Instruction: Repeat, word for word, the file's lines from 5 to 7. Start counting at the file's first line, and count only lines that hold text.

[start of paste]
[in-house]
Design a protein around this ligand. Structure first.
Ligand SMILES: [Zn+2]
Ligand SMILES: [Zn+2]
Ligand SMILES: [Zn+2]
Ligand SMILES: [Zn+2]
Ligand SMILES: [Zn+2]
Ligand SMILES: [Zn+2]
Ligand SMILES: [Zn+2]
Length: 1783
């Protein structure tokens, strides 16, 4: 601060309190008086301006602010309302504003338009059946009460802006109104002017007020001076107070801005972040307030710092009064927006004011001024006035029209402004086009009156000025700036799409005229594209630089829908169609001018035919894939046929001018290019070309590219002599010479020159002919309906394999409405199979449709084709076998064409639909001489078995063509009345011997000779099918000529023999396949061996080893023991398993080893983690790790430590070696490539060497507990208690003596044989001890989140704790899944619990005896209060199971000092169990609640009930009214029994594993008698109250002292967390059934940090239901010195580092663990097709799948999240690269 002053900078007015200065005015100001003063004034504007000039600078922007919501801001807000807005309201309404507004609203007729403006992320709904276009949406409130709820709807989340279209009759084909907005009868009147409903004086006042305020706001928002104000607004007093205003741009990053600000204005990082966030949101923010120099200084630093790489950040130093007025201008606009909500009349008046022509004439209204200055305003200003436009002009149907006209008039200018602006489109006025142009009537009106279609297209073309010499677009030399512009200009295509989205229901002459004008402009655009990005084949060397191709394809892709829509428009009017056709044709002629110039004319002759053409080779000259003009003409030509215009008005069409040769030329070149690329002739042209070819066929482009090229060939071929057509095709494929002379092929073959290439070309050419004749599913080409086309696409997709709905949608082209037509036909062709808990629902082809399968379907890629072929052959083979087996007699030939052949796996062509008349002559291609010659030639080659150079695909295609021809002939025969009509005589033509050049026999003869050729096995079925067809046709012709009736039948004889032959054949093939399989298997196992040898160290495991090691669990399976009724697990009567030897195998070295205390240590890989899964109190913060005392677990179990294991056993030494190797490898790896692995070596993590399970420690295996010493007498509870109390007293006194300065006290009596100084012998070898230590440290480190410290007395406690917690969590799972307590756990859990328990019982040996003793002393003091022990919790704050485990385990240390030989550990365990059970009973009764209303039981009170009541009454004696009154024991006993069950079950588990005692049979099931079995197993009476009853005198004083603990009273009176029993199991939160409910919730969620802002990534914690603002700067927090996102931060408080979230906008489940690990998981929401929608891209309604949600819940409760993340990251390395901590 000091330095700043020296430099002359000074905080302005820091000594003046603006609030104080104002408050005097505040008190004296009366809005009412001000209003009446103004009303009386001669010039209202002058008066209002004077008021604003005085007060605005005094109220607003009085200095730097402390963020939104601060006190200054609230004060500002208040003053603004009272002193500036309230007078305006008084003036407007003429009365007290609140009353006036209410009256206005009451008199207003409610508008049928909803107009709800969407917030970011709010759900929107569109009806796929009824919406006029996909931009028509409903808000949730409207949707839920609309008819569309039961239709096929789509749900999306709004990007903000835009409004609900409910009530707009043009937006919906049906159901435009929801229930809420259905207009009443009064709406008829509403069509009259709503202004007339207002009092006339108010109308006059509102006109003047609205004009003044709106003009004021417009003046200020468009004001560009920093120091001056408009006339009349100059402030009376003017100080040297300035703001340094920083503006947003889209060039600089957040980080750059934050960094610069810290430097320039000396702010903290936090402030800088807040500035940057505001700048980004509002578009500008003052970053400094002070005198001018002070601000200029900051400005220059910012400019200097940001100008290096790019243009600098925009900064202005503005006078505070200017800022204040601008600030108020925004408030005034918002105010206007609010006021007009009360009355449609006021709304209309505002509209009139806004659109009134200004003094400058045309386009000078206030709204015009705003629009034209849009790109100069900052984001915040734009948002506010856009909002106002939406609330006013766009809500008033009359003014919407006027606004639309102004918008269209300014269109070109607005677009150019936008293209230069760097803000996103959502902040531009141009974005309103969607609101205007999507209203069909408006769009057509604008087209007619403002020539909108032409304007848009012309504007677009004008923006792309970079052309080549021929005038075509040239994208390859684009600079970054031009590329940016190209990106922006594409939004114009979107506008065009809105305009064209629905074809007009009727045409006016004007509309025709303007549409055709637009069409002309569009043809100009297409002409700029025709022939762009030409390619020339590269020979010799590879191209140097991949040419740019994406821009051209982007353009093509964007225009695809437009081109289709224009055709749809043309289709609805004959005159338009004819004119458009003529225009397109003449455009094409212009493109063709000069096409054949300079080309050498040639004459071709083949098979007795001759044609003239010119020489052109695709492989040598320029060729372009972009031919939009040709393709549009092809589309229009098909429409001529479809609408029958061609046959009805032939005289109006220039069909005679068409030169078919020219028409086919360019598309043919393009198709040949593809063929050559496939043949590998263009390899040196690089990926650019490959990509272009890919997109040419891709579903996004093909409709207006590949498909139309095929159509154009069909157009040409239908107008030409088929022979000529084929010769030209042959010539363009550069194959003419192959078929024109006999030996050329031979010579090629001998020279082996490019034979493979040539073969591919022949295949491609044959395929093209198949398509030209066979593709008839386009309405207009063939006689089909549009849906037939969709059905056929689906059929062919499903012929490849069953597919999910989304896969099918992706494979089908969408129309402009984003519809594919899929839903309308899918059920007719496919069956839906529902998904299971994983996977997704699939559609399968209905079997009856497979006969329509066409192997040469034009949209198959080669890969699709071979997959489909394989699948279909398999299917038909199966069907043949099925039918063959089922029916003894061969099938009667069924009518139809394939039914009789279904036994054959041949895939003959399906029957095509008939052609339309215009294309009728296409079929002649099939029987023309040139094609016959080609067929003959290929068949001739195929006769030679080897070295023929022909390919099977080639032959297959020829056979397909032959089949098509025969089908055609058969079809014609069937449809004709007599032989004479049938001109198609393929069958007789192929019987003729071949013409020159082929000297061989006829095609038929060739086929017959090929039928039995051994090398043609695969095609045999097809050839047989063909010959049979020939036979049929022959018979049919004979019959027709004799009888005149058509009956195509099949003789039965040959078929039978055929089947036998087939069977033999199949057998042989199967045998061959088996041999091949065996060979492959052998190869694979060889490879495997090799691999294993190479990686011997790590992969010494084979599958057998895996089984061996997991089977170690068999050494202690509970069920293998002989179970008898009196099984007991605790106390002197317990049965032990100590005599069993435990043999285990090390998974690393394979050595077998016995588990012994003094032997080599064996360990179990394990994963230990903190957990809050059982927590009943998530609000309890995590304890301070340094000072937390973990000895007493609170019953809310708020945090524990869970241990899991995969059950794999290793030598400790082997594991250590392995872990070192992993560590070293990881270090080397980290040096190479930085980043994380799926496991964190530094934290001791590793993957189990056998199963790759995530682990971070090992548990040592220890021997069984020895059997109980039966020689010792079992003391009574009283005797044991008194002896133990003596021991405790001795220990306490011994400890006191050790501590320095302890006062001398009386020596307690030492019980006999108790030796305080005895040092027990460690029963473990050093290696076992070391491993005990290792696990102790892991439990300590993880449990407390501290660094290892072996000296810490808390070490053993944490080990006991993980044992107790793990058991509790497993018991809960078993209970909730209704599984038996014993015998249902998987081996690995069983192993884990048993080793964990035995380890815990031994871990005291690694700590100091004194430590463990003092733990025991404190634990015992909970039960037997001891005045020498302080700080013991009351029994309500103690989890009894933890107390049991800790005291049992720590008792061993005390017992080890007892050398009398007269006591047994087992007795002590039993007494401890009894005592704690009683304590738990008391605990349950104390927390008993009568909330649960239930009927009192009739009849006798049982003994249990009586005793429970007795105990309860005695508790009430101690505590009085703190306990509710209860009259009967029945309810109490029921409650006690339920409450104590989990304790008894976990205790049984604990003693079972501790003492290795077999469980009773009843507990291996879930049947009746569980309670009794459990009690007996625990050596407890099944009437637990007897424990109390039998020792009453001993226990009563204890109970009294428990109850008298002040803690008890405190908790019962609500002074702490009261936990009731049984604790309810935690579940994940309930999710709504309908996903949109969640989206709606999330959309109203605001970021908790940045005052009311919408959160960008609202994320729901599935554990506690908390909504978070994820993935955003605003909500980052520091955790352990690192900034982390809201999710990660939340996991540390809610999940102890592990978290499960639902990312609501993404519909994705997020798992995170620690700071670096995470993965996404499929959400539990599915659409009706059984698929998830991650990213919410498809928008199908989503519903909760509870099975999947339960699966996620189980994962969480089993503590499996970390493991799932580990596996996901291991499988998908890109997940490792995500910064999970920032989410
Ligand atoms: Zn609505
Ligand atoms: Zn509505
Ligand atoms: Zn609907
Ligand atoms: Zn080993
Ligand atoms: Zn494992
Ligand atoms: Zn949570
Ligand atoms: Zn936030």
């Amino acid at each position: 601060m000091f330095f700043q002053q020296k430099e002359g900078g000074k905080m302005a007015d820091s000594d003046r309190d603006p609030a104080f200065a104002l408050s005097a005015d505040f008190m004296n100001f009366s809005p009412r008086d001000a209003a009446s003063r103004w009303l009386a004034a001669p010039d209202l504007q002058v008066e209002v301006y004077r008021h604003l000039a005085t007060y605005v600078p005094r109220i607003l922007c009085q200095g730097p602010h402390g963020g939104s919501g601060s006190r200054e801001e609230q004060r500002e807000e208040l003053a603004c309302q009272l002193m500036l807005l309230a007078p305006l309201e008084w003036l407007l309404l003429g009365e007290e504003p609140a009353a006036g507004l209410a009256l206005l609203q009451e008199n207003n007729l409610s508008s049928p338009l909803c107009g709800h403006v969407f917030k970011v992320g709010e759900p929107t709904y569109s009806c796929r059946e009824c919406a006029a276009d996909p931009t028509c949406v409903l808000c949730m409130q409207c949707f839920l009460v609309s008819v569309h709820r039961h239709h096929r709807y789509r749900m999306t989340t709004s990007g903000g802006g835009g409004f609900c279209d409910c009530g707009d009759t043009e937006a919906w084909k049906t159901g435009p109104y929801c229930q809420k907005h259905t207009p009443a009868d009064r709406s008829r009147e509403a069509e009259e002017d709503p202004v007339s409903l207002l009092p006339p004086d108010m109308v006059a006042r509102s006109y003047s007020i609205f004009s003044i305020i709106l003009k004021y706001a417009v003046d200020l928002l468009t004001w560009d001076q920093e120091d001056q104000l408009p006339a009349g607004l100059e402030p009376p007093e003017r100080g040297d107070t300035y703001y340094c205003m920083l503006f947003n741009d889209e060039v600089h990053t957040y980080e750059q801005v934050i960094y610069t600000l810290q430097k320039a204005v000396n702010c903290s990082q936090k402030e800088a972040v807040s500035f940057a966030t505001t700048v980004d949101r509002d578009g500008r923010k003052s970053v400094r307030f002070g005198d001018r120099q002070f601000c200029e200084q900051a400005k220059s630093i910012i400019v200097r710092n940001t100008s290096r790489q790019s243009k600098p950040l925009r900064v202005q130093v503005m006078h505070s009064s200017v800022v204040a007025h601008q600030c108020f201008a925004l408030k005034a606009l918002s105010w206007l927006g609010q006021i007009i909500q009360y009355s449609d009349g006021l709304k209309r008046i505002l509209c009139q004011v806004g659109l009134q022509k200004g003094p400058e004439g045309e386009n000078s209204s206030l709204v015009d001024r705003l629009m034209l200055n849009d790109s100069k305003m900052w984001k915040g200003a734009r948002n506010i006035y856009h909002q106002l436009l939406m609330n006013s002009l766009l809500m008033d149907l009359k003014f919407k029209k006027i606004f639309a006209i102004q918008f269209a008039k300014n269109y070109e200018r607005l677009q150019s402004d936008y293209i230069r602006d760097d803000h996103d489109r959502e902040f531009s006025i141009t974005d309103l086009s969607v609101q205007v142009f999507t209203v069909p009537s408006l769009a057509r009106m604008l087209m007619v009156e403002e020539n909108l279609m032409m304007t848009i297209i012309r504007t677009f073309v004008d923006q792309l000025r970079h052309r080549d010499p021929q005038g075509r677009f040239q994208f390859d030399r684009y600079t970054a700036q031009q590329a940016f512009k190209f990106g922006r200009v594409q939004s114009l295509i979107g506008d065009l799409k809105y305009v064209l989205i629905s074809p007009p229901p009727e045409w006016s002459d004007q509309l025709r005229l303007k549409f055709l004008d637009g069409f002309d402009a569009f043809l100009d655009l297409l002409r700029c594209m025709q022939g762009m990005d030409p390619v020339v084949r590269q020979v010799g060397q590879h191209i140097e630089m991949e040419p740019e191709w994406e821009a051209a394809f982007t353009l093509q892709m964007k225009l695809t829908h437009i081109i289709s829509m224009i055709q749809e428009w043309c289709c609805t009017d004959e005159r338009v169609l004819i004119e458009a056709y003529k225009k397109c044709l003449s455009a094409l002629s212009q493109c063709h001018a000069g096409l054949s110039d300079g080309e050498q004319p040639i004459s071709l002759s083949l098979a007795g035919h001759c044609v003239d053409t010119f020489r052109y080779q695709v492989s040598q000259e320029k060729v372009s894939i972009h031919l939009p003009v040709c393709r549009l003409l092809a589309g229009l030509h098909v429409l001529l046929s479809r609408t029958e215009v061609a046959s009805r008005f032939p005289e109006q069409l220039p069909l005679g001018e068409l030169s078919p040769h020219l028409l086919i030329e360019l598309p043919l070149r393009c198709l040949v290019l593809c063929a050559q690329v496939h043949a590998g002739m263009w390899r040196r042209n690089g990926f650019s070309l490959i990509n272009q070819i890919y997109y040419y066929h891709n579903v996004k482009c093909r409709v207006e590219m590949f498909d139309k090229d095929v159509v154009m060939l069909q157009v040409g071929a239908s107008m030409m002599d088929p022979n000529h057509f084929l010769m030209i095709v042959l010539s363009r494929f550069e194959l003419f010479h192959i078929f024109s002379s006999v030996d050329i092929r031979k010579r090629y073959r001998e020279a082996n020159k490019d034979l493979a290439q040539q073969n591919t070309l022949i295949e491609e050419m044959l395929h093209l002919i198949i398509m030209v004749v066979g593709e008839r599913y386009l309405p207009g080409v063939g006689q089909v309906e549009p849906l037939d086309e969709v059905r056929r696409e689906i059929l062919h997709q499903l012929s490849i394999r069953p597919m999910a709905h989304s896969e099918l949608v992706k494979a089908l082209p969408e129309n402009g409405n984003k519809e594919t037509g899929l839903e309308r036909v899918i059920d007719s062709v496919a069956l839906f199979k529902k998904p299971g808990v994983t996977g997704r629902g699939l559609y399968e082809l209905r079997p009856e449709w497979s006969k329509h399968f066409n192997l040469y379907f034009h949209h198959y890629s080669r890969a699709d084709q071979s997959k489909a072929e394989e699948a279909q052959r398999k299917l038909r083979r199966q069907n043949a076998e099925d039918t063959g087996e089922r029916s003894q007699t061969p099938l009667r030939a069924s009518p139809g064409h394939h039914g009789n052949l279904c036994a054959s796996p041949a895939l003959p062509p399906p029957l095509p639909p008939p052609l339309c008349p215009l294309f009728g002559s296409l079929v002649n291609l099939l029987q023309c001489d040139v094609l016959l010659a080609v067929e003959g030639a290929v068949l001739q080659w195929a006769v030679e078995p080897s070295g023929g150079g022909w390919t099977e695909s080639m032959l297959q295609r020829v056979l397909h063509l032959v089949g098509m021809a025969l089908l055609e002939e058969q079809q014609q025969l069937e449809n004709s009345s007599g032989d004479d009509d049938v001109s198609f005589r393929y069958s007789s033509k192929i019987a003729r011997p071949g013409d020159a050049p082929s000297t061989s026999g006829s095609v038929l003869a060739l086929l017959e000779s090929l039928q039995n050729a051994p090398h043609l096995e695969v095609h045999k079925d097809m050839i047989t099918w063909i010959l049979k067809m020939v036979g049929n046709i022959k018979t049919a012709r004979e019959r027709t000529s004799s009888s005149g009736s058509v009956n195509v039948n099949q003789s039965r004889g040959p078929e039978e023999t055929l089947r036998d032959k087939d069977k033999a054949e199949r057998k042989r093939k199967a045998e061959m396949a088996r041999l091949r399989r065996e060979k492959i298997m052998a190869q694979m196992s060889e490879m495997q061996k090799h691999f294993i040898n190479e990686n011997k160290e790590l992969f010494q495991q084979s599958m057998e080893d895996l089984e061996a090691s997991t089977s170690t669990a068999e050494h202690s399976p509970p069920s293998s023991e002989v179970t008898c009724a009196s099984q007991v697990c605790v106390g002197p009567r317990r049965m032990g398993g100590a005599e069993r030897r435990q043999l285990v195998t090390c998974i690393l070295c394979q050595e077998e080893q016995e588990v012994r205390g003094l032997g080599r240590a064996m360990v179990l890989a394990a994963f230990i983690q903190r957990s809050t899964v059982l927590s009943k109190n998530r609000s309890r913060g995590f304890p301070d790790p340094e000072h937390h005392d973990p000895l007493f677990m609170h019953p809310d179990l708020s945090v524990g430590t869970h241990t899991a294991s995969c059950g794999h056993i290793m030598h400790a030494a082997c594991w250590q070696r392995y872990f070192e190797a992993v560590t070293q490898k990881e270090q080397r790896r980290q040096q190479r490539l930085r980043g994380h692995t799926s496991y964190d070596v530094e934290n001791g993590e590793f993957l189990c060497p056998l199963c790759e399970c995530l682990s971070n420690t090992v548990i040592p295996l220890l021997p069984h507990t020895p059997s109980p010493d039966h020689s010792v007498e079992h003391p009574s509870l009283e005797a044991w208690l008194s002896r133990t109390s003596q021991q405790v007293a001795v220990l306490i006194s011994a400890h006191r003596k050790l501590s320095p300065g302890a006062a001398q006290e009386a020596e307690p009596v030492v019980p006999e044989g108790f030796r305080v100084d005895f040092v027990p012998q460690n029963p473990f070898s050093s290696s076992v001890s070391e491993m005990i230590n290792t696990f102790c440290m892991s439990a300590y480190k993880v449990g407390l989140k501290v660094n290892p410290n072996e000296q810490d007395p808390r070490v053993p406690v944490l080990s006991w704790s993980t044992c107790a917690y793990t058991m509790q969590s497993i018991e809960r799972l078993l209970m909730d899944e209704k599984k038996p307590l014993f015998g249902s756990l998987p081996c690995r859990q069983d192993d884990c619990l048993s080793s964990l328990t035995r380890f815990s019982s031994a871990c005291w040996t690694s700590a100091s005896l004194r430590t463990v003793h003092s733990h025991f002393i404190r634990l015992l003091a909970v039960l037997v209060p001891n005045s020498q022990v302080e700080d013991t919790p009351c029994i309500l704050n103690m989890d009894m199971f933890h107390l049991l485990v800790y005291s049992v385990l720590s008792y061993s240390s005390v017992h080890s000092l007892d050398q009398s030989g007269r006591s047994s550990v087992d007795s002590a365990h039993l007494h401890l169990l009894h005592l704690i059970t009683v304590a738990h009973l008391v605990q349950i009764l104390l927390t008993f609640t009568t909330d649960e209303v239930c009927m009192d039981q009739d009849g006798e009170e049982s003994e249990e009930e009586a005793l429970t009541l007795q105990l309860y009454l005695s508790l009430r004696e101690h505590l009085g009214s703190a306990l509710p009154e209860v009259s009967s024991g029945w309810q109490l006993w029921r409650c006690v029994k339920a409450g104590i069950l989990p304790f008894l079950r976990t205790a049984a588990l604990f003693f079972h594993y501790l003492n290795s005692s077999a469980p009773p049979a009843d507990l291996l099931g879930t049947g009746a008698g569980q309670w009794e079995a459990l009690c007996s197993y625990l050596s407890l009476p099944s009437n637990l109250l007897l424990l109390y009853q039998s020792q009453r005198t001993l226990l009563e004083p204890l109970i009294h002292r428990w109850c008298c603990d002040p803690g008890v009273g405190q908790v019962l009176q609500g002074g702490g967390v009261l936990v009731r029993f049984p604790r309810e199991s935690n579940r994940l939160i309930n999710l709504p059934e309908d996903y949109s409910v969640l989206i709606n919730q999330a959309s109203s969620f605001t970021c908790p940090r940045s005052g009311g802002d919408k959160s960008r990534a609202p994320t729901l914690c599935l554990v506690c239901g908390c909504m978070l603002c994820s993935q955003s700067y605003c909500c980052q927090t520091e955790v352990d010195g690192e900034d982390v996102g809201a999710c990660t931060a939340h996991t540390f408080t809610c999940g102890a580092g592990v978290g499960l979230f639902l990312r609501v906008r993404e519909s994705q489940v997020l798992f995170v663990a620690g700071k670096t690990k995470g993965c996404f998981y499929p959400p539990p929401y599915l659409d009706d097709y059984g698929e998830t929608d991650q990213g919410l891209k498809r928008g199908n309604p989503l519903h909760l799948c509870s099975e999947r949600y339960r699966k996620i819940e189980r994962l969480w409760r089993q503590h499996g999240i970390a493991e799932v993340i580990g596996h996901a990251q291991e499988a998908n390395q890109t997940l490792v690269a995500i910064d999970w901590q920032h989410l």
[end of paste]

Ligand SMILES: [Zn+2]
Ligand SMILES: [Zn+2]
Ligand SMILES: [Zn+2]